Editorial September 6 2018

Many of their “business partners”, including Shellharbour council, were caught off guard with the demise of JetGo.

Many of those business partners were informed of the dire situation the now failed company faced when they read it first in the Illawarra Mercury as it happened months ago. True story.

Shellharbour mayor Marianne Saliba described the JetGo collapse on Wednesday as “a situation nobody could have known was going to happen”.

That’s not strictly true. Few had been awake to the corporate crash  the company was headed for, but for the possible exception of Dubbo council which had initiated legal proceedings against JetGo over unpaid airport fees.

When the collapse came, many regional areas were left up the proverbial without a paddle.

The Shellharbour council was left out of pocket to the tune of hundreds of thousands of dollars.

Overall though, the debts of JetGo exploded to an estimated $38 milllion.

Shellharbour council had grand dreams of making Albion Park a legitimate regional airport when it announced JetGo.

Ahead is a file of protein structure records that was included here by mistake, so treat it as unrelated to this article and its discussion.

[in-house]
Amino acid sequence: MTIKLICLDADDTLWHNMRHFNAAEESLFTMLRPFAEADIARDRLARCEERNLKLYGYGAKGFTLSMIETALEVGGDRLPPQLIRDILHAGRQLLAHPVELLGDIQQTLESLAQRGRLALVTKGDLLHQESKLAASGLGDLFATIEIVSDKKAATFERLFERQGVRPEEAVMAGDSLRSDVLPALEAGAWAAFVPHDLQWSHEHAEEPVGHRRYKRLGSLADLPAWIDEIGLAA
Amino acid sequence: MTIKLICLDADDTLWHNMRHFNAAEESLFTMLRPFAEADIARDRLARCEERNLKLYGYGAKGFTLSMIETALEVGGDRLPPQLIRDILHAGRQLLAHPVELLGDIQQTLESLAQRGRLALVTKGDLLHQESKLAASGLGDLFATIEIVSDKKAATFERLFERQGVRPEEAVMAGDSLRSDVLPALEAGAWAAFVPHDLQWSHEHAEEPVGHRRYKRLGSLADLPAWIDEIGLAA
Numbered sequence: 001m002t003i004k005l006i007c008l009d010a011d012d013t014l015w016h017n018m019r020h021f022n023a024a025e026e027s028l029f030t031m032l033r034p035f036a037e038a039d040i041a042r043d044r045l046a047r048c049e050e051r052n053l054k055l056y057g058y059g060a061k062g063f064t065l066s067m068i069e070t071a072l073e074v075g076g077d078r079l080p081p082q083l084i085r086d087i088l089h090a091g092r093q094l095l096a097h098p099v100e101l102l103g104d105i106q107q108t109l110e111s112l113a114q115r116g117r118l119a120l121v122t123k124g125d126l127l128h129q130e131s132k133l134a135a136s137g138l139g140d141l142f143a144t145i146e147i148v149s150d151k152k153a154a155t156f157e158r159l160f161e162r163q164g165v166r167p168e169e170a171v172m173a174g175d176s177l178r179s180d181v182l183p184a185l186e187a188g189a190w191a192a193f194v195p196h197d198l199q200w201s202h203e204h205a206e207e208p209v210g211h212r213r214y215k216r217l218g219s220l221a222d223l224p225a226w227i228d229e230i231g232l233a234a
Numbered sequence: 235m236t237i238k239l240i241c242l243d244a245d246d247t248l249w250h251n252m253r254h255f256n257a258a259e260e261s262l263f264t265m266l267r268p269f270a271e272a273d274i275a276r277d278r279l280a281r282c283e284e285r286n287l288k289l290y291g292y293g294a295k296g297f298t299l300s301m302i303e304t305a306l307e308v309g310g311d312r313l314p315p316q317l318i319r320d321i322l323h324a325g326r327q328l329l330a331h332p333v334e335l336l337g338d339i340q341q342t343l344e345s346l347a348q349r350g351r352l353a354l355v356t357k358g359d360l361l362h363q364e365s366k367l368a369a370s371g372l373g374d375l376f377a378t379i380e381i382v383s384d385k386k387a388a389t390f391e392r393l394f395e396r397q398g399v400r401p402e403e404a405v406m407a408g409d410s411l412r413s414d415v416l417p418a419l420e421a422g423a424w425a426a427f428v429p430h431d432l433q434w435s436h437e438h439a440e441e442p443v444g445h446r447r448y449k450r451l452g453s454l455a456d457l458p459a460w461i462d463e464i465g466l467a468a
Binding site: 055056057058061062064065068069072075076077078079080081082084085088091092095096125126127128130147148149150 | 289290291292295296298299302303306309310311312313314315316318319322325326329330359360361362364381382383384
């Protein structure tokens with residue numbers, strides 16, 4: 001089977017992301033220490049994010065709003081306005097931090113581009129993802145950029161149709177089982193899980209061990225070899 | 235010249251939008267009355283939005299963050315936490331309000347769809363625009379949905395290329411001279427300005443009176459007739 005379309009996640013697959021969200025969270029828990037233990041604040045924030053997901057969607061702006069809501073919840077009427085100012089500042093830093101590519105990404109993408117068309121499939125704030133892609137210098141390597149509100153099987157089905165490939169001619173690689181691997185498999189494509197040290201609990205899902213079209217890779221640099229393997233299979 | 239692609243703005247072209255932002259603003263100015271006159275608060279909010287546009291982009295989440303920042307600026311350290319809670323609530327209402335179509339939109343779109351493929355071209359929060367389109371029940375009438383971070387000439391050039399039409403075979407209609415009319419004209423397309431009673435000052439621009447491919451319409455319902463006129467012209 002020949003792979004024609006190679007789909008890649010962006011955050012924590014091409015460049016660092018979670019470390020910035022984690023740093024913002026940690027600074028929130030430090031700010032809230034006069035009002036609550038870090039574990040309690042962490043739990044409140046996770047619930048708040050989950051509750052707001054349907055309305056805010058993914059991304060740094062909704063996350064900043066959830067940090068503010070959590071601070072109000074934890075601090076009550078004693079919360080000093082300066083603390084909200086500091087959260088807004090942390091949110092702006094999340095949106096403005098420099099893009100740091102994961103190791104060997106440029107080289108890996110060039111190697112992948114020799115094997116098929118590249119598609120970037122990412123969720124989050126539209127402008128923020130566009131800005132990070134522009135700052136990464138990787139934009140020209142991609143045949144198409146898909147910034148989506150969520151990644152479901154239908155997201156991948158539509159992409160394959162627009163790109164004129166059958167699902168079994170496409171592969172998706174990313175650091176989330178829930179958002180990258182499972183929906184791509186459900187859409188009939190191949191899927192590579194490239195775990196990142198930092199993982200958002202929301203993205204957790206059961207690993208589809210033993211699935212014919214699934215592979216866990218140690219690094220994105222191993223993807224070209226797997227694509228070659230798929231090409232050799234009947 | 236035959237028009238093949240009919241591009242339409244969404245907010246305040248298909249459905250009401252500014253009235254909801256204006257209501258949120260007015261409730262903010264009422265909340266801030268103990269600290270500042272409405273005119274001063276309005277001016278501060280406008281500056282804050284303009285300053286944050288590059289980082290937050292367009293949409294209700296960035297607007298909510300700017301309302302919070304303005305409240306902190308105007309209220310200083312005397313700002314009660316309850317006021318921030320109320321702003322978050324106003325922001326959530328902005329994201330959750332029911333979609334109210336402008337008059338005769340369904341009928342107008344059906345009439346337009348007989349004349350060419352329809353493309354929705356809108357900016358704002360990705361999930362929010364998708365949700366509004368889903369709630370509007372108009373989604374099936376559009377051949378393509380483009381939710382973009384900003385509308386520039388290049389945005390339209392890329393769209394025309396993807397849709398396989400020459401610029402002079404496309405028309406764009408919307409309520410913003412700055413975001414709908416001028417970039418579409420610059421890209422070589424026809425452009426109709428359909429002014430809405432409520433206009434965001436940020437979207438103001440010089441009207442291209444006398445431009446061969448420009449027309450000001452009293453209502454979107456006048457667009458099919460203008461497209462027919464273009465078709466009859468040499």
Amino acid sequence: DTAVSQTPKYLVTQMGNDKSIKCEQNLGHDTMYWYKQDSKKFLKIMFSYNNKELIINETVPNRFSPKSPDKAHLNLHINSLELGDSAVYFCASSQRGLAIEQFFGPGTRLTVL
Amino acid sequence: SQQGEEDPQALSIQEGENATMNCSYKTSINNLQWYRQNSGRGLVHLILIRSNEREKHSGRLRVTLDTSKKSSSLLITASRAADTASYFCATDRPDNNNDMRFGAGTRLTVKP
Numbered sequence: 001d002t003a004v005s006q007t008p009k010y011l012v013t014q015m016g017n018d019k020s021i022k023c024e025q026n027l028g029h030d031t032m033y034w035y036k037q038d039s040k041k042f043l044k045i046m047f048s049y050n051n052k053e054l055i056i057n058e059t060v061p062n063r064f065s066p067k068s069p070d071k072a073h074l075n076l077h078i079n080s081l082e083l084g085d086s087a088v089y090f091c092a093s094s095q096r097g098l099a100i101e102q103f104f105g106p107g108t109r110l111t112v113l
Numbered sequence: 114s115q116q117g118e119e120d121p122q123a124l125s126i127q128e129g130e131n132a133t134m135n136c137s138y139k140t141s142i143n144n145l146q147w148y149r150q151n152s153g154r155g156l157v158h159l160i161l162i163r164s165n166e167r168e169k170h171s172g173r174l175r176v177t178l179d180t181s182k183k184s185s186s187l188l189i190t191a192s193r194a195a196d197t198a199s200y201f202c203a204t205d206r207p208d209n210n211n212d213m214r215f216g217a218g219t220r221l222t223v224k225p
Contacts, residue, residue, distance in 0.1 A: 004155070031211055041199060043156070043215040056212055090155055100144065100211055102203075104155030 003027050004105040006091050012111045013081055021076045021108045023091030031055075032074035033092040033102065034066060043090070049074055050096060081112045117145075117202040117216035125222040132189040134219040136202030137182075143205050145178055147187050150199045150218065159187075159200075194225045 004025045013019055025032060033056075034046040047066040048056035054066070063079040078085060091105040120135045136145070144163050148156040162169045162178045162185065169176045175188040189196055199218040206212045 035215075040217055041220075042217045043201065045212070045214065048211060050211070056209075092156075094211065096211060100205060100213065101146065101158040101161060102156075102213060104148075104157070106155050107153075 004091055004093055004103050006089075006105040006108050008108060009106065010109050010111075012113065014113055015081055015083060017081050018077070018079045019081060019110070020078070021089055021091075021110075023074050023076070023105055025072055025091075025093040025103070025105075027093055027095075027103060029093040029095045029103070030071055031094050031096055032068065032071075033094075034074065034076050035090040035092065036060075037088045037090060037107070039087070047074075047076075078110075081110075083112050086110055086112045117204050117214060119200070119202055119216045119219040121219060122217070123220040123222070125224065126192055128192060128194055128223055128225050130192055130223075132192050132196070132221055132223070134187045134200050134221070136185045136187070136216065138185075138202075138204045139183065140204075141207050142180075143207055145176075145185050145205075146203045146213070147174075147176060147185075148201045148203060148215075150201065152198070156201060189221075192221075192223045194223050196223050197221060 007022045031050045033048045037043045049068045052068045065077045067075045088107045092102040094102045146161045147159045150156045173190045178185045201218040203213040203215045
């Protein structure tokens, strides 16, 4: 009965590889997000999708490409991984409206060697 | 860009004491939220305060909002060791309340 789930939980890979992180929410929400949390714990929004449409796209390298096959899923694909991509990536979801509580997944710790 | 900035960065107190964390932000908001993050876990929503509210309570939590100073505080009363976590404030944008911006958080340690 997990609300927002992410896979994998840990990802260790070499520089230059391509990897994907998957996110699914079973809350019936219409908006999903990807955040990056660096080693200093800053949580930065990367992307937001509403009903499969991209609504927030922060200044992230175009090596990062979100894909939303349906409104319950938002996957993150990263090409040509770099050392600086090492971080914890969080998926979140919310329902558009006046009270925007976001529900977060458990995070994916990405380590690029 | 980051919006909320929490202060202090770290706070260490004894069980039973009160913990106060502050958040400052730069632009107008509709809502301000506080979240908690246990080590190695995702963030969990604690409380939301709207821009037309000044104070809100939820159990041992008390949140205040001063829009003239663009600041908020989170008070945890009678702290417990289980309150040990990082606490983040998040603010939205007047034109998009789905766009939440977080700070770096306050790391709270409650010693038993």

“We have been wanting to make the airport a commercial, viable business that belongs to our community because the better it does, the less we have to rely on our rates to support this business,” Mayor Marianne Saliba said at the time.

In reality, the council is now back to ground floor in the hopes and dreams of being a larger regional airport.

Shellharbour council is at great pains to be clear it has chosen wisely in partnering with Corporate Air to resume flights from Albion Park.

They have chosen a company with a long history but it is a long way removed from the larger regional carrier the council had its sight set on when starting out on this venture.

Maybe the aerial collapse has given the council a grounding we all learn when we are put on this earth.

You’ve gotta crawl before you walk. You’ve got to walk before you run.